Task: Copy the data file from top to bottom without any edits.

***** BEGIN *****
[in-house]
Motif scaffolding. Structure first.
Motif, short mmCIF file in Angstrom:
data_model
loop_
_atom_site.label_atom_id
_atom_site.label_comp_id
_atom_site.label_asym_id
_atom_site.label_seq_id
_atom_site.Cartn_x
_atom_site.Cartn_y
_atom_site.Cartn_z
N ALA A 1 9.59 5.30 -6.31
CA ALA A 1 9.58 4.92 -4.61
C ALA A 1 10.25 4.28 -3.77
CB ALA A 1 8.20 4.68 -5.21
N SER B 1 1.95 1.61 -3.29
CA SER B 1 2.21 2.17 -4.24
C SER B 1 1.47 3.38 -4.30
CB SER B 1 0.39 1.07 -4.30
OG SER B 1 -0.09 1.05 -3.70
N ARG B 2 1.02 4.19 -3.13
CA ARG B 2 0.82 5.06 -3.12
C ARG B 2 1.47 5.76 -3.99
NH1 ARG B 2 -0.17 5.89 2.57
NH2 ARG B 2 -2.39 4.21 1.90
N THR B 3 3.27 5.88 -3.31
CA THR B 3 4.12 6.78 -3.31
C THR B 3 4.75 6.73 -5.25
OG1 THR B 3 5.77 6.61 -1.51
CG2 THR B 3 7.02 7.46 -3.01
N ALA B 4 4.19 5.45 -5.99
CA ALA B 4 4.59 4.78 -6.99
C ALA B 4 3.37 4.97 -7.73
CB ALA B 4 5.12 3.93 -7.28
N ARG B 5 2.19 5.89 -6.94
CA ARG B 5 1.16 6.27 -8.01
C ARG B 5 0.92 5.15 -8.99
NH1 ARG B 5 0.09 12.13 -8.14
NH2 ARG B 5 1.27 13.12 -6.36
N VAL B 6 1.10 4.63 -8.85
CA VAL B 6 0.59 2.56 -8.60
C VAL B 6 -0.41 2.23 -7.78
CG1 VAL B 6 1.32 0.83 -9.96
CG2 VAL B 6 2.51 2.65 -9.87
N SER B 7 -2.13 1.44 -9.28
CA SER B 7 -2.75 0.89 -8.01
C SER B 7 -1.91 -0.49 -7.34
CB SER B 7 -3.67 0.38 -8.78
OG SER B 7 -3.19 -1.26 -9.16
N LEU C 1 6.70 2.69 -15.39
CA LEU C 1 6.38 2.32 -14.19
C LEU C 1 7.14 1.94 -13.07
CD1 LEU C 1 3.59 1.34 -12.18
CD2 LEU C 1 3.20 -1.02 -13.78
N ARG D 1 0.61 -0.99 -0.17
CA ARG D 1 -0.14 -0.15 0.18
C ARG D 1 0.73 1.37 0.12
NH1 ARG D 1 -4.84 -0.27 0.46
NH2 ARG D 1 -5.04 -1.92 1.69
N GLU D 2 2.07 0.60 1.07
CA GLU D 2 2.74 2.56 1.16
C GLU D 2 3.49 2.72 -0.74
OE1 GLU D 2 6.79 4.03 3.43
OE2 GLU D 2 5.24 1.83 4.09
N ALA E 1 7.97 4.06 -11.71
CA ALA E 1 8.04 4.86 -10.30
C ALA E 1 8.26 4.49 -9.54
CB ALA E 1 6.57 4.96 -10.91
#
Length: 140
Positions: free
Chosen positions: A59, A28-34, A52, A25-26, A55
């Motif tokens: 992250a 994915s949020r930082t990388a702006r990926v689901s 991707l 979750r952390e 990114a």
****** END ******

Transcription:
[in-house]
Motif scaffolding. Structure first.
Motif, short mmCIF file in Angstrom:
data_model
loop_
_atom_site.label_atom_id
_atom_site.label_comp_id
_atom_site.label_asym_id
_atom_site.label_seq_id
_atom_site.Cartn_x
_atom_site.Cartn_y
_atom_site.Cartn_z
N ALA A 1 9.59 5.30 -6.31
CA ALA A 1 9.58 4.92 -4.61
C ALA A 1 10.25 4.28 -3.77
CB ALA A 1 8.20 4.68 -5.21
N SER B 1 1.95 1.61 -3.29
CA SER B 1 2.21 2.17 -4.24
C SER B 1 1.47 3.38 -4.30
CB SER B 1 0.39 1.07 -4.30
OG SER B 1 -0.09 1.05 -3.70
N ARG B 2 1.02 4.19 -3.13
CA ARG B 2 0.82 5.06 -3.12
C ARG B 2 1.47 5.76 -3.99
NH1 ARG B 2 -0.17 5.89 2.57
NH2 ARG B 2 -2.39 4.21 1.90
N THR B 3 3.27 5.88 -3.31
CA THR B 3 4.12 6.78 -3.31
C THR B 3 4.75 6.73 -5.25
OG1 THR B 3 5.77 6.61 -1.51
CG2 THR B 3 7.02 7.46 -3.01
N ALA B 4 4.19 5.45 -5.99
CA ALA B 4 4.59 4.78 -6.99
C ALA B 4 3.37 4.97 -7.73
CB ALA B 4 5.12 3.93 -7.28
N ARG B 5 2.19 5.89 -6.94
CA ARG B 5 1.16 6.27 -8.01
C ARG B 5 0.92 5.15 -8.99
NH1 ARG B 5 0.09 12.13 -8.14
NH2 ARG B 5 1.27 13.12 -6.36
N VAL B 6 1.10 4.63 -8.85
CA VAL B 6 0.59 2.56 -8.60
C VAL B 6 -0.41 2.23 -7.78
CG1 VAL B 6 1.32 0.83 -9.96
CG2 VAL B 6 2.51 2.65 -9.87
N SER B 7 -2.13 1.44 -9.28
CA SER B 7 -2.75 0.89 -8.01
C SER B 7 -1.91 -0.49 -7.34
CB SER B 7 -3.67 0.38 -8.78
OG SER B 7 -3.19 -1.26 -9.16
N LEU C 1 6.70 2.69 -15.39
CA LEU C 1 6.38 2.32 -14.19
C LEU C 1 7.14 1.94 -13.07
CD1 LEU C 1 3.59 1.34 -12.18
CD2 LEU C 1 3.20 -1.02 -13.78
N ARG D 1 0.61 -0.99 -0.17
CA ARG D 1 -0.14 -0.15 0.18
C ARG D 1 0.73 1.37 0.12
NH1 ARG D 1 -4.84 -0.27 0.46
NH2 ARG D 1 -5.04 -1.92 1.69
N GLU D 2 2.07 0.60 1.07
CA GLU D 2 2.74 2.56 1.16
C GLU D 2 3.49 2.72 -0.74
OE1 GLU D 2 6.79 4.03 3.43
OE2 GLU D 2 5.24 1.83 4.09
N ALA E 1 7.97 4.06 -11.71
CA ALA E 1 8.04 4.86 -10.30
C ALA E 1 8.26 4.49 -9.54
CB ALA E 1 6.57 4.96 -10.91
#
Length: 140
Positions: free
Chosen positions: A59, A28-34, A52, A25-26, A55
């Motif tokens: 992250a 994915s949020r930082t990388a702006r990926v689901s 991707l 979750r952390e 990114a």